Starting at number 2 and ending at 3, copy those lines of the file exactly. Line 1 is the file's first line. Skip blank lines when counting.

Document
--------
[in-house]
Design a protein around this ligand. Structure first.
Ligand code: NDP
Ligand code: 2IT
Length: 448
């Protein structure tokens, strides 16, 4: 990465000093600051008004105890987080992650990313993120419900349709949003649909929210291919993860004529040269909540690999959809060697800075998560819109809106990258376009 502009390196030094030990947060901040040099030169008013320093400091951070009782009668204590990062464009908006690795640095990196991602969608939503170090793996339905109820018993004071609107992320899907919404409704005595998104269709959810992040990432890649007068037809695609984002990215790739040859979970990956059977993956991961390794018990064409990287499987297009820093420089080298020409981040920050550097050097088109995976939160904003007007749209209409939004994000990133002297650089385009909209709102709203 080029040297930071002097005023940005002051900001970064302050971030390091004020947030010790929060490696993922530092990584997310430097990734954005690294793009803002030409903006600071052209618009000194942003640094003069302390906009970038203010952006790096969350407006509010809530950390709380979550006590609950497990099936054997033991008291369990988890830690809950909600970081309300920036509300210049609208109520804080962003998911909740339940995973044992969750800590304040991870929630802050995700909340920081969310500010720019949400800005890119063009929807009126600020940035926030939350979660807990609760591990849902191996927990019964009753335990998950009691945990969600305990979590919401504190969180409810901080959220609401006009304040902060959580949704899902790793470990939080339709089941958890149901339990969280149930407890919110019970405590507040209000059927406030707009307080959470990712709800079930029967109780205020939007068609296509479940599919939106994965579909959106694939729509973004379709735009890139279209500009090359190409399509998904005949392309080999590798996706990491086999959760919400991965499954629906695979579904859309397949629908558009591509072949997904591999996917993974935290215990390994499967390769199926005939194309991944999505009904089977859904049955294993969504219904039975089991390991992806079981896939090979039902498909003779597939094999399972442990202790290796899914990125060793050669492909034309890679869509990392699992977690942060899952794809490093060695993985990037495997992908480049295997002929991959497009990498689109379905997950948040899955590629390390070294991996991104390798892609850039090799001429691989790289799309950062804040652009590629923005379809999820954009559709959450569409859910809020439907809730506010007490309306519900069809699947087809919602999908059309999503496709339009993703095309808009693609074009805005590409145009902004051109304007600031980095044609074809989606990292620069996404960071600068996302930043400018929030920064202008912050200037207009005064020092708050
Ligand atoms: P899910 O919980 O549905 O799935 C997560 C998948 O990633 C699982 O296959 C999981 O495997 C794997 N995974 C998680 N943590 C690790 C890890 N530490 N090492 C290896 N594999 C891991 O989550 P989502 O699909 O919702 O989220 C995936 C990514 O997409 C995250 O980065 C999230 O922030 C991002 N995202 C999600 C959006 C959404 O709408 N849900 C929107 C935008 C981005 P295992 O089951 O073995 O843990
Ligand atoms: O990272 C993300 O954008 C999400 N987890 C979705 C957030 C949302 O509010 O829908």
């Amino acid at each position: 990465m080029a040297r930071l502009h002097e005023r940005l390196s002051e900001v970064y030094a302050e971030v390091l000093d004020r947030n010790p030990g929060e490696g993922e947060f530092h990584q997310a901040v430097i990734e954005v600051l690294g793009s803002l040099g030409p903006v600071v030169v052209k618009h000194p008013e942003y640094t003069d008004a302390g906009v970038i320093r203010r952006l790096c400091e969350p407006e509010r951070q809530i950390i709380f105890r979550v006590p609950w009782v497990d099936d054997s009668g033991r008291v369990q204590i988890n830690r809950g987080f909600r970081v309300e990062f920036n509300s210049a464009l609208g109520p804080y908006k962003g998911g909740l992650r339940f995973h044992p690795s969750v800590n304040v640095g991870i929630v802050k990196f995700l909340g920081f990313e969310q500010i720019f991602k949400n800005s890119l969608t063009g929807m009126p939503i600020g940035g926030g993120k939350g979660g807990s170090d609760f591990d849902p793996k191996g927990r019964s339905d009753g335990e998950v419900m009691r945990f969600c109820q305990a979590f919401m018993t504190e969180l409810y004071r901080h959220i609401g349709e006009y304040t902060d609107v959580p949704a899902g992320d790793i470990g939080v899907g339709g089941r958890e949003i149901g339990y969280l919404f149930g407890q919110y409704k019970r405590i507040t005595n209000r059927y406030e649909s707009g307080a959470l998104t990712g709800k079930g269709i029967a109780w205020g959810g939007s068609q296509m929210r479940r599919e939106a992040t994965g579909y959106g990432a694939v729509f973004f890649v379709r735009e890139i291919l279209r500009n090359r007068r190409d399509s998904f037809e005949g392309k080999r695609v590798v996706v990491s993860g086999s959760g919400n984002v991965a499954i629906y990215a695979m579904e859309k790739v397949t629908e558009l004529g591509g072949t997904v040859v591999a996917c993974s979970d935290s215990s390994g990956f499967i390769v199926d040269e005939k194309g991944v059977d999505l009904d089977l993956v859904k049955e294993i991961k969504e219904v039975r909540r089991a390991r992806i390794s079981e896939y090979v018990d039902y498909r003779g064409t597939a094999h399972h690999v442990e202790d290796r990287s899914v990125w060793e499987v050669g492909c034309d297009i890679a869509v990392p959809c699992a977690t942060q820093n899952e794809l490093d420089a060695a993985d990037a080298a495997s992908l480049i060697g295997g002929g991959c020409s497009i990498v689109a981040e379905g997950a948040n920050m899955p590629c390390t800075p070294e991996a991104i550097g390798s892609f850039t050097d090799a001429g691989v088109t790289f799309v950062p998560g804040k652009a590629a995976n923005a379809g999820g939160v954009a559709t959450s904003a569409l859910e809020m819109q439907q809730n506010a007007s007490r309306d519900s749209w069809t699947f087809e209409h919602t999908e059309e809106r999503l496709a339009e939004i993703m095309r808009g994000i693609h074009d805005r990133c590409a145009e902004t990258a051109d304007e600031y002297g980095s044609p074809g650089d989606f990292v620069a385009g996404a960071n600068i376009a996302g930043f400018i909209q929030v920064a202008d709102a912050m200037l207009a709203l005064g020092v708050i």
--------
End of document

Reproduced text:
Design a protein around this ligand. Structure first.
Ligand code: NDP